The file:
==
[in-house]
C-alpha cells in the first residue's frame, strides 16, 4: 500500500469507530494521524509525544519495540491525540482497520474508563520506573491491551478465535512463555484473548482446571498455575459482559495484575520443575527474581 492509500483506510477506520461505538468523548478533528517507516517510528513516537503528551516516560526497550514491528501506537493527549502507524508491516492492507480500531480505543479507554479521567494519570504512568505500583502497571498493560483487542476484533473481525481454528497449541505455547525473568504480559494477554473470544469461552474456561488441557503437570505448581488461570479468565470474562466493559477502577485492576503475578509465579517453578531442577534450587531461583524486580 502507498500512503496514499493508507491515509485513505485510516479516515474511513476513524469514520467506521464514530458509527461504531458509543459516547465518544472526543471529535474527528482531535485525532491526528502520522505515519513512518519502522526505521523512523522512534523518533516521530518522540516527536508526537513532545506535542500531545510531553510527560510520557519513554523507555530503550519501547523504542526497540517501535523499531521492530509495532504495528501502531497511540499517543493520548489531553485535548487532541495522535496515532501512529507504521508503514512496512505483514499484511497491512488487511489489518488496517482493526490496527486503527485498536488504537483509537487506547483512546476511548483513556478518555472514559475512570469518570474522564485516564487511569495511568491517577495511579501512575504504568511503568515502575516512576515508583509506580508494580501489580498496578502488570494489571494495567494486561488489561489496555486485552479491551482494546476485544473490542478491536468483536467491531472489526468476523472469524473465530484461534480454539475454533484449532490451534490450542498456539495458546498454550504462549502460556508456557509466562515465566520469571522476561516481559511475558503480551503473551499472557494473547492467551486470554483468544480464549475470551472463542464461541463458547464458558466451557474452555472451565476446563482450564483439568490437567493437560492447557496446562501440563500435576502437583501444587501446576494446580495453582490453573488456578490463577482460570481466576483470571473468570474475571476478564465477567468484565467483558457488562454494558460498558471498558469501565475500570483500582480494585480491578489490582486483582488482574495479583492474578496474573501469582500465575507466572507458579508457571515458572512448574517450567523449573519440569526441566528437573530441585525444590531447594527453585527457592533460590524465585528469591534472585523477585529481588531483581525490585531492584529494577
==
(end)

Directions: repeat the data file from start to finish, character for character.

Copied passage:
[in-house]
C-alpha cells in the first residue's frame, strides 16, 4: 500500500469507530494521524509525544519495540491525540482497520474508563520506573491491551478465535512463555484473548482446571498455575459482559495484575520443575527474581 492509500483506510477506520461505538468523548478533528517507516517510528513516537503528551516516560526497550514491528501506537493527549502507524508491516492492507480500531480505543479507554479521567494519570504512568505500583502497571498493560483487542476484533473481525481454528497449541505455547525473568504480559494477554473470544469461552474456561488441557503437570505448581488461570479468565470474562466493559477502577485492576503475578509465579517453578531442577534450587531461583524486580 502507498500512503496514499493508507491515509485513505485510516479516515474511513476513524469514520467506521464514530458509527461504531458509543459516547465518544472526543471529535474527528482531535485525532491526528502520522505515519513512518519502522526505521523512523522512534523518533516521530518522540516527536508526537513532545506535542500531545510531553510527560510520557519513554523507555530503550519501547523504542526497540517501535523499531521492530509495532504495528501502531497511540499517543493520548489531553485535548487532541495522535496515532501512529507504521508503514512496512505483514499484511497491512488487511489489518488496517482493526490496527486503527485498536488504537483509537487506547483512546476511548483513556478518555472514559475512570469518570474522564485516564487511569495511568491517577495511579501512575504504568511503568515502575516512576515508583509506580508494580501489580498496578502488570494489571494495567494486561488489561489496555486485552479491551482494546476485544473490542478491536468483536467491531472489526468476523472469524473465530484461534480454539475454533484449532490451534490450542498456539495458546498454550504462549502460556508456557509466562515465566520469571522476561516481559511475558503480551503473551499472557494473547492467551486470554483468544480464549475470551472463542464461541463458547464458558466451557474452555472451565476446563482450564483439568490437567493437560492447557496446562501440563500435576502437583501444587501446576494446580495453582490453573488456578490463577482460570481466576483470571473468570474475571476478564465477567468484565467483558457488562454494558460498558471498558469501565475500570483500582480494585480491578489490582486483582488482574495479583492474578496474573501469582500465575507466572507458579508457571515458572512448574517450567523449573519440569526441566528437573530441585525444590531447594527453585527457592533460590524465585528469591534472585523477585529481588531483581525490585531492584529494577